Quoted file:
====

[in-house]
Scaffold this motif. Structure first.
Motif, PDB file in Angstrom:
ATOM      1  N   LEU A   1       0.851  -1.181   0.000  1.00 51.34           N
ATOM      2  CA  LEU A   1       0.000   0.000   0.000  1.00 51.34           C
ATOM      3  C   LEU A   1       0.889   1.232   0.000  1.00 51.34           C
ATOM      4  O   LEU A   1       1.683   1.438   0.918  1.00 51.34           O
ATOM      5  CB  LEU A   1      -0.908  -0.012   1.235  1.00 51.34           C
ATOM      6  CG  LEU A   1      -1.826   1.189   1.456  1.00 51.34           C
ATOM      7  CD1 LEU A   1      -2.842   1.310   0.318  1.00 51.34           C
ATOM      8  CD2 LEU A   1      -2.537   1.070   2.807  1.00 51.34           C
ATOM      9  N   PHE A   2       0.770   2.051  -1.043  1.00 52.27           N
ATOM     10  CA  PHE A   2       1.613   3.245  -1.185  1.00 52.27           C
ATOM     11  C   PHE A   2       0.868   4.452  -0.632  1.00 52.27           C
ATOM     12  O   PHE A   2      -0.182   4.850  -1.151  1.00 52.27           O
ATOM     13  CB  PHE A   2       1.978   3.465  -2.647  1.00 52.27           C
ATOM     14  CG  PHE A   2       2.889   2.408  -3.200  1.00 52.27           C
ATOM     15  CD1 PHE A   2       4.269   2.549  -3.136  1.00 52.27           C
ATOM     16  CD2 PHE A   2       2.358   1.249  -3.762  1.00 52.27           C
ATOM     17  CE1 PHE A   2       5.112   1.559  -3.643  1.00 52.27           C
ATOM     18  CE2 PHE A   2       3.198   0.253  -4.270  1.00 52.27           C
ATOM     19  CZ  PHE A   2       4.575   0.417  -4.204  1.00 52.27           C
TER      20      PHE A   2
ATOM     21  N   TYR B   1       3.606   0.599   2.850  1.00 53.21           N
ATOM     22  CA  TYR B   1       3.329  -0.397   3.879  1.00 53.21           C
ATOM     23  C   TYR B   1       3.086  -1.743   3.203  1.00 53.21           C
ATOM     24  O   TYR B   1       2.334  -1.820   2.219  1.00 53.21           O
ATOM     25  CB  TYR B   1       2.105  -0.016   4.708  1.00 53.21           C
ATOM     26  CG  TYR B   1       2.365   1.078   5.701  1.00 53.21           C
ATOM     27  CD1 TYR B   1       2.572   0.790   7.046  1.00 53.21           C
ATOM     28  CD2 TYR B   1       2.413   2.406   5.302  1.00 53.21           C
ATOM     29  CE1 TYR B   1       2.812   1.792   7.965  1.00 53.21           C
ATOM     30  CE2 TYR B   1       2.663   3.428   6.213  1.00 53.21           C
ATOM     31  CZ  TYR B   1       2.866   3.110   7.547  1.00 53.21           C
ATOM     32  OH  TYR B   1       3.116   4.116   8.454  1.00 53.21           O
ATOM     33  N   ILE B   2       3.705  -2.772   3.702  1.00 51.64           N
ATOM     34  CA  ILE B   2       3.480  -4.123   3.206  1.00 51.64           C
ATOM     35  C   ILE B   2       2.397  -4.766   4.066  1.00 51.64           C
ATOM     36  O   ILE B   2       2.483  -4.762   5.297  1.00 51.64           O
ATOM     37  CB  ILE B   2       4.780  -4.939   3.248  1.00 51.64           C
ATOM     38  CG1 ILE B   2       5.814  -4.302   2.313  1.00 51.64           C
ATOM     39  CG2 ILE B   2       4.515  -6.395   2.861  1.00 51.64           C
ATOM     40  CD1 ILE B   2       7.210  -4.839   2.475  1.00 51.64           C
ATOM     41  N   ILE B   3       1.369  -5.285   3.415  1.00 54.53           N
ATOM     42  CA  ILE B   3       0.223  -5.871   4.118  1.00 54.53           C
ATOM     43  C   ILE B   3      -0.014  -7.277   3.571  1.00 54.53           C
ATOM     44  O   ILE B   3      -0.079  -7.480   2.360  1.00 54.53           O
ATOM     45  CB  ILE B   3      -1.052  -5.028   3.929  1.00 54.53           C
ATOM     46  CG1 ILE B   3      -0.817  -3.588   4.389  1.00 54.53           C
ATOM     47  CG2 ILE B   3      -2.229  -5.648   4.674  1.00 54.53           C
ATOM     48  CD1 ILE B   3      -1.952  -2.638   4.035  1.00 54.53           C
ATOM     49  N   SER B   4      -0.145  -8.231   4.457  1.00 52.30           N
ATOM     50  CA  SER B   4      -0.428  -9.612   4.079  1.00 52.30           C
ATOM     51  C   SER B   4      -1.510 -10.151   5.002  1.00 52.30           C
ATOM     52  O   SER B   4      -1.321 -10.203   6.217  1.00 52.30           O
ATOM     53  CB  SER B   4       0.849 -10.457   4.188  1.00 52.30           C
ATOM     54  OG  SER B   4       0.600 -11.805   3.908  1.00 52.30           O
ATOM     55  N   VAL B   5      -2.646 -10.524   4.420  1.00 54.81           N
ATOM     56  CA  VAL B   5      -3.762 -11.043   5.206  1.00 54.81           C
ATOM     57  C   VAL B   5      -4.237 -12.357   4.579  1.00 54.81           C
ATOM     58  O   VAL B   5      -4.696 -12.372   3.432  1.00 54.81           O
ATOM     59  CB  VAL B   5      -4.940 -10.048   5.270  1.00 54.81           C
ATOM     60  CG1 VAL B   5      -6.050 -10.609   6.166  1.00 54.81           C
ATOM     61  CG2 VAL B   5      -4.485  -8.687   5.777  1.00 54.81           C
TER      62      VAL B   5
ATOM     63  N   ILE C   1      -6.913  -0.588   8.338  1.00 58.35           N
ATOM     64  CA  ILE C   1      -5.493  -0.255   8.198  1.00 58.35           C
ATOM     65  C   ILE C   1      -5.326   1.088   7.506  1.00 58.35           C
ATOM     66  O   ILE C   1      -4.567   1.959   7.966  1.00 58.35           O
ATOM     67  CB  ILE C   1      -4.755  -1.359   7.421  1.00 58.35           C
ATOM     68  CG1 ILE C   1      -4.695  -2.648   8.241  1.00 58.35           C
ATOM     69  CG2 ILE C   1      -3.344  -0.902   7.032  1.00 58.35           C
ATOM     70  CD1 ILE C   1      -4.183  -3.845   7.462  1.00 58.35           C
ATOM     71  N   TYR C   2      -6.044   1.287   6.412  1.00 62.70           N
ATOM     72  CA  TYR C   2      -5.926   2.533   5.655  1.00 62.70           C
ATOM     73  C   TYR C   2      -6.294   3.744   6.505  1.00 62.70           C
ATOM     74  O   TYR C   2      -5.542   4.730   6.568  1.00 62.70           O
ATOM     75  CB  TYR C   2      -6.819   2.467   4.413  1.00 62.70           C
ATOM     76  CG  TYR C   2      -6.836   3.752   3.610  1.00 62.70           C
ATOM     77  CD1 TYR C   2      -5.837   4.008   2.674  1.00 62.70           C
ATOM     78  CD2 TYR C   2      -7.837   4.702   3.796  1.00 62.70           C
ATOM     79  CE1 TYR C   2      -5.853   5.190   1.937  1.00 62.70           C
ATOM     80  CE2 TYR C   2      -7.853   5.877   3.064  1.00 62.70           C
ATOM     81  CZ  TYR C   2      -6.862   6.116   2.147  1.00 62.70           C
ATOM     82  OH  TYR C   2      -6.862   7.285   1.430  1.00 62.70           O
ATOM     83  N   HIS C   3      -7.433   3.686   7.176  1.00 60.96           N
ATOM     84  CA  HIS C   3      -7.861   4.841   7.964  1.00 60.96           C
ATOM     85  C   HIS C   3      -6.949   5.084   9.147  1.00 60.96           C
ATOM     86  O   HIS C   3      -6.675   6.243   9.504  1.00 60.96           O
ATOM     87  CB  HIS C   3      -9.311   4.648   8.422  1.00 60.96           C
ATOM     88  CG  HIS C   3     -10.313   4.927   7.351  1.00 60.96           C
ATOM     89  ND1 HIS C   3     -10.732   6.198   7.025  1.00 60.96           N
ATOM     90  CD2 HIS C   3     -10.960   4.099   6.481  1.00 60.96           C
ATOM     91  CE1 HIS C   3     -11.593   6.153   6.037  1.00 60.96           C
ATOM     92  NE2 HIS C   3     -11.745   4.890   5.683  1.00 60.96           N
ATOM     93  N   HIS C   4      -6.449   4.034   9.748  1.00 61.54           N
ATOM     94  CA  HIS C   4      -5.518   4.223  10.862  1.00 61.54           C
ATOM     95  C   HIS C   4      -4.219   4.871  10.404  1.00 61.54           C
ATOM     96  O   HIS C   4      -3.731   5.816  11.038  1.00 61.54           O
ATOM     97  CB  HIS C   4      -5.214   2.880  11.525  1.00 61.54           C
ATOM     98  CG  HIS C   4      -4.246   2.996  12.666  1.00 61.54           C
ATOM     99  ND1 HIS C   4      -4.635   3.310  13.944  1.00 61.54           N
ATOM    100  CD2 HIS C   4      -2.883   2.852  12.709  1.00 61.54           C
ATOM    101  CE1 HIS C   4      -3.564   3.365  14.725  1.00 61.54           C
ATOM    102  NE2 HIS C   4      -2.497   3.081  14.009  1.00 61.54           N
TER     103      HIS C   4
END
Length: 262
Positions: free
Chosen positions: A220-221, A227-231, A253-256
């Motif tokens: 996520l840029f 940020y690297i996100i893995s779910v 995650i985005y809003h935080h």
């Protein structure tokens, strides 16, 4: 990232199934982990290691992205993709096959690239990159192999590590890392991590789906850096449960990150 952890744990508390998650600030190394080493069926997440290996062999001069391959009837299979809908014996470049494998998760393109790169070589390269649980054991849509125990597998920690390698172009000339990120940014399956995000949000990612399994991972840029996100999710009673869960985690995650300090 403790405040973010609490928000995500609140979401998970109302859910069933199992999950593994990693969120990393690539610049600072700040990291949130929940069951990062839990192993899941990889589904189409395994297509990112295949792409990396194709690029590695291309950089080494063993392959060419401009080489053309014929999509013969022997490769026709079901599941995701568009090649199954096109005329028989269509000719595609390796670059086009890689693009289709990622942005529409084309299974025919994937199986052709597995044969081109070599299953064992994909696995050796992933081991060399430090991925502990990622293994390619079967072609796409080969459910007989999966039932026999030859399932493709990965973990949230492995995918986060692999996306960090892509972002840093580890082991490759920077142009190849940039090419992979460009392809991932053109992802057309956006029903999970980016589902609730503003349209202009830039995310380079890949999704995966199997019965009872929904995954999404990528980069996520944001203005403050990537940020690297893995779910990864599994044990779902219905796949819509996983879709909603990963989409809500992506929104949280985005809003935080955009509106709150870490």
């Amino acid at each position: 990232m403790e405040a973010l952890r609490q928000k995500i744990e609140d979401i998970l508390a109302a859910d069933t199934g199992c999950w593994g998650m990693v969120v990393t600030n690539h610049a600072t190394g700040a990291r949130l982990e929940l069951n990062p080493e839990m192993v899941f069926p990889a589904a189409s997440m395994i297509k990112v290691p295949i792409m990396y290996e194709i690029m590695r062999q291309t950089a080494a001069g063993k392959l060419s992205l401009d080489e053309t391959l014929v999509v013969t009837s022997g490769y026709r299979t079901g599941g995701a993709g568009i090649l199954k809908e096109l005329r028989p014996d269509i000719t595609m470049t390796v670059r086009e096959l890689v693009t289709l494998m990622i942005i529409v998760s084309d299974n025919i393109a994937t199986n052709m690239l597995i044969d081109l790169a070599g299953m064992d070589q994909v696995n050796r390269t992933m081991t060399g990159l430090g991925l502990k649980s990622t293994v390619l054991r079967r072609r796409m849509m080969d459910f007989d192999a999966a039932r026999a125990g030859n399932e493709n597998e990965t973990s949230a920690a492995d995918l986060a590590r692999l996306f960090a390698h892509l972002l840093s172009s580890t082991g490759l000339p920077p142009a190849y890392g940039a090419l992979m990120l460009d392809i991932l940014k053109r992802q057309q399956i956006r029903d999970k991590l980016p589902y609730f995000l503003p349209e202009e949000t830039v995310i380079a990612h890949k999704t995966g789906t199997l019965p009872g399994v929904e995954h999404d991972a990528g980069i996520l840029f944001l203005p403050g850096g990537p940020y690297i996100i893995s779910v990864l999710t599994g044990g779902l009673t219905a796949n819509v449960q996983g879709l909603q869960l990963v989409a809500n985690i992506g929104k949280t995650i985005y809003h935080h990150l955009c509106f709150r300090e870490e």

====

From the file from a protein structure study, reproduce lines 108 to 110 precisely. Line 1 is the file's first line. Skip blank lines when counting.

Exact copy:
Length: 262
Positions: free
Chosen positions: A220-221, A227-231, A253-256